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The sensitivity of fluorescence in situ hybridization (FISH) for mapping plant chromosomes of single-copy DNA sequences is limited. We have adapted for plant cytogenetics a new signal-amplification method termed tyramide-FISH (Tyr-FISH). Until present this technique has only been applied to human chromosomes. The method is based on enzymatic deposition of(More)
In order to anchor Rosa linkage groups to physical chromosomes, a combination of the Tyramide-FISH technology and the modern molecular marker system based on High Resolution Melting (HRM) is an efficient approach. Although, Tyramide-FISH is a very promising technique for the visualization of short DNA probes, it is very challenging for plant species with(More)
Within the framework of the International Solanaceae Genome Project, the genome of tomato (Solanum lycopersicum) is currently being sequenced. We follow a 'BAC-by-BAC' approach that aims to deliver high-quality sequences of the euchromatin part of the tomato genome. BACs are selected from various libraries of the tomato genome on the basis of markers from(More)
The chromosome preparation is a crucial step for obtaining satisfactory results in molecular cytogenetic researches. The preparation of plant chromosomes for molecular cytogenetic purposes remains a challenge for some species. In contrast to human chromosome preparation, the processes occurring during plant chromosome preparation and causing chromosome(More)
Rosaceae is a family containing many economically important fruit and ornamental species. Although fluorescence in situ hybridization (FISH)-based physical mapping of plant genomes is a valuable tool for map-based cloning, comparative genomics and evolutionary studies, no studies using high resolution physical mapping have been performed in this family.(More)
Integrated mapping in large-genome monocots has been carried out on a limited number of species. Furthermore, integrated maps are difficult to construct for these species due to, among other reasons, the specific plant populations needed. To fill these gaps, Alliums were chosen as target species and a new strategy for constructing suitable populations was(More)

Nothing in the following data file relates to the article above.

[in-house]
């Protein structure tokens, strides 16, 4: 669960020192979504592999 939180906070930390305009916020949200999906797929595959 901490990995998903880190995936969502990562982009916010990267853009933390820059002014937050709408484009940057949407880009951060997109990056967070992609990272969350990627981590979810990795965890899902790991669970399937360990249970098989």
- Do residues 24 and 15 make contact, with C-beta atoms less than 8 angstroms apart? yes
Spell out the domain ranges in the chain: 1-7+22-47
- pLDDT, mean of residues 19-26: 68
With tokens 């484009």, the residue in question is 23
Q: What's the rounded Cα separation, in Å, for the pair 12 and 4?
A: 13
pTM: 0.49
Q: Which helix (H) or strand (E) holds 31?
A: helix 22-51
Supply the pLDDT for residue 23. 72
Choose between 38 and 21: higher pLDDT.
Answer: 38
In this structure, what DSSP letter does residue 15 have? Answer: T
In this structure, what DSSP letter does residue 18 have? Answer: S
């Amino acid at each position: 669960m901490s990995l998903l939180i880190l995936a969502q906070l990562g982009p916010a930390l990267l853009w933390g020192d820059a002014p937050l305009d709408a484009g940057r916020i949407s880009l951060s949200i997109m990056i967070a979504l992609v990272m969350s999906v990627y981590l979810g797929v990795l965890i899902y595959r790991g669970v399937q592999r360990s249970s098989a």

To produce alien monosomic addition lines (AMALs) of Allium cepa (genomes CC, 2n = 2x = 16) carrying extrachromosomes from Allium roylei (RR, 2n = 2x = 16), reciprocal backcrossing of allotriploids (2n = 24, CCR) with diploids (2n = 16, CC) and selfing of a single allotriploid were carried out. The chromosome numbers in the BC2F1 and BC1F2 progenies ranged(More)
Telomeres, DNA-protein structures, are important elements of the eukaryotic chromosome. Telomeric regions of the majority of higher plants contain heptanucleotides TTTAGGG arranged into a tandem repeat. However, some taxa have no such repeats. These are some species of lilies (Lilium) and onions (Allium). For example, terminal regions of chromosomes of(More)
Lachrymatory factor synthase (LFS) catalyzes the formation of lachrymatory factor, one of the most distinctive traits of bulb onion (Allium cepa L.). Therefore, we used LFS as a model for a functional gene in a huge genome, and we examined the chromosomal organization of LFS in A. cepa by multiple approaches. The first-level analysis completed the(More)
This is the first report on the presence of Ty3/gypsy-like retrotransposons in the centromeric region of Allium cepa and Allium fistulosum. We identified the putative Ty3/gypsy centromeric retrotransposons (CR) among the DNA sequences of A. cepa present in the NCBI database and evaluated their copy number in the genomes of A. cepa and A. fistulosum. The(More)